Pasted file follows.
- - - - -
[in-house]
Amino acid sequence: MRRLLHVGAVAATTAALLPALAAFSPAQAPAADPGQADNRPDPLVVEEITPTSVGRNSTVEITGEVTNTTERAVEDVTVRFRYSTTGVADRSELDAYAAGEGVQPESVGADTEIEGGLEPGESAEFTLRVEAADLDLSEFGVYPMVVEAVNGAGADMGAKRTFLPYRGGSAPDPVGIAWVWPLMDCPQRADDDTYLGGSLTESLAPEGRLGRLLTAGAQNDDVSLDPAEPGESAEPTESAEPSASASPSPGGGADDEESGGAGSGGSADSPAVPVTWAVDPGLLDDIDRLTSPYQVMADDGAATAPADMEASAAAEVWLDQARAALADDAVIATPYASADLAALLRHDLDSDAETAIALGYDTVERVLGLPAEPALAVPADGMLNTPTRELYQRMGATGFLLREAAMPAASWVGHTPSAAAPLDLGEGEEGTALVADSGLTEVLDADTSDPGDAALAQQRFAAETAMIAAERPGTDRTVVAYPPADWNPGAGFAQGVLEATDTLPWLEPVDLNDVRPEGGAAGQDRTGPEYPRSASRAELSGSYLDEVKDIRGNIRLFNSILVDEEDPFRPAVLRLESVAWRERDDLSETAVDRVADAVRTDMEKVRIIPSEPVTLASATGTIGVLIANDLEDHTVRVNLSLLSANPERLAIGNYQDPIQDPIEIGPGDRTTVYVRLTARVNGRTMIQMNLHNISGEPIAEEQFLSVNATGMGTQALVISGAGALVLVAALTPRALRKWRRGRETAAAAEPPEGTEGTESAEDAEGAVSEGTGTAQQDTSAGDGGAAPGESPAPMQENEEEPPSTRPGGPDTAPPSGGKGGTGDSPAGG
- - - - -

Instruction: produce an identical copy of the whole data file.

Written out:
[in-house]
Amino acid sequence: MRRLLHVGAVAATTAALLPALAAFSPAQAPAADPGQADNRPDPLVVEEITPTSVGRNSTVEITGEVTNTTERAVEDVTVRFRYSTTGVADRSELDAYAAGEGVQPESVGADTEIEGGLEPGESAEFTLRVEAADLDLSEFGVYPMVVEAVNGAGADMGAKRTFLPYRGGSAPDPVGIAWVWPLMDCPQRADDDTYLGGSLTESLAPEGRLGRLLTAGAQNDDVSLDPAEPGESAEPTESAEPSASASPSPGGGADDEESGGAGSGGSADSPAVPVTWAVDPGLLDDIDRLTSPYQVMADDGAATAPADMEASAAAEVWLDQARAALADDAVIATPYASADLAALLRHDLDSDAETAIALGYDTVERVLGLPAEPALAVPADGMLNTPTRELYQRMGATGFLLREAAMPAASWVGHTPSAAAPLDLGEGEEGTALVADSGLTEVLDADTSDPGDAALAQQRFAAETAMIAAERPGTDRTVVAYPPADWNPGAGFAQGVLEATDTLPWLEPVDLNDVRPEGGAAGQDRTGPEYPRSASRAELSGSYLDEVKDIRGNIRLFNSILVDEEDPFRPAVLRLESVAWRERDDLSETAVDRVADAVRTDMEKVRIIPSEPVTLASATGTIGVLIANDLEDHTVRVNLSLLSANPERLAIGNYQDPIQDPIEIGPGDRTTVYVRLTARVNGRTMIQMNLHNISGEPIAEEQFLSVNATGMGTQALVISGAGALVLVAALTPRALRKWRRGRETAAAAEPPEGTEGTESAEDAEGAVSEGTGTAQQDTSAGDGGAAPGESPAPMQENEEEPPSTRPGGPDTAPPSGGKGGTGDSPAGG